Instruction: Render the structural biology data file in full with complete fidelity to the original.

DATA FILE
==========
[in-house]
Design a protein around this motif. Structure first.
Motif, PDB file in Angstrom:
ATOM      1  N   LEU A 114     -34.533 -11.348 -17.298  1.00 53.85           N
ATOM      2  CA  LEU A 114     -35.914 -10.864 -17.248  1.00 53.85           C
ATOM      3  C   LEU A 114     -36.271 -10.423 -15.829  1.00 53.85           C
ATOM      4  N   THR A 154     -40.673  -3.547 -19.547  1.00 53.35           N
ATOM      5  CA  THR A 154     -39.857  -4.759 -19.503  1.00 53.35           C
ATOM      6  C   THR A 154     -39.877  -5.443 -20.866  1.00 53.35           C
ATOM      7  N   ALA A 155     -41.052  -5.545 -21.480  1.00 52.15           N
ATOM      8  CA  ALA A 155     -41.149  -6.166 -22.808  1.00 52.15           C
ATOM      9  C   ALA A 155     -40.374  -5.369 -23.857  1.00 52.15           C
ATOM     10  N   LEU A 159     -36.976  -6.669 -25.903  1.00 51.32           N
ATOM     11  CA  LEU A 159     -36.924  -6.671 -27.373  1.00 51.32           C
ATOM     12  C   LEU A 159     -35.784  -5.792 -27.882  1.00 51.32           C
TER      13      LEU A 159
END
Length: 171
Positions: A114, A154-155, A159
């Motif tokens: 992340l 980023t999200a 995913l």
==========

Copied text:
[in-house]
Design a protein around this motif. Structure first.
Motif, PDB file in Angstrom:
ATOM      1  N   LEU A 114     -34.533 -11.348 -17.298  1.00 53.85           N
ATOM      2  CA  LEU A 114     -35.914 -10.864 -17.248  1.00 53.85           C
ATOM      3  C   LEU A 114     -36.271 -10.423 -15.829  1.00 53.85           C
ATOM      4  N   THR A 154     -40.673  -3.547 -19.547  1.00 53.35           N
ATOM      5  CA  THR A 154     -39.857  -4.759 -19.503  1.00 53.35           C
ATOM      6  C   THR A 154     -39.877  -5.443 -20.866  1.00 53.35           C
ATOM      7  N   ALA A 155     -41.052  -5.545 -21.480  1.00 52.15           N
ATOM      8  CA  ALA A 155     -41.149  -6.166 -22.808  1.00 52.15           C
ATOM      9  C   ALA A 155     -40.374  -5.369 -23.857  1.00 52.15           C
ATOM     10  N   LEU A 159     -36.976  -6.669 -25.903  1.00 51.32           N
ATOM     11  CA  LEU A 159     -36.924  -6.671 -27.373  1.00 51.32           C
ATOM     12  C   LEU A 159     -35.784  -5.792 -27.882  1.00 51.32           C
TER      13      LEU A 159
END
Length: 171
Positions: A114, A154-155, A159
């Motif tokens: 992340l 980023t999200a 995913l």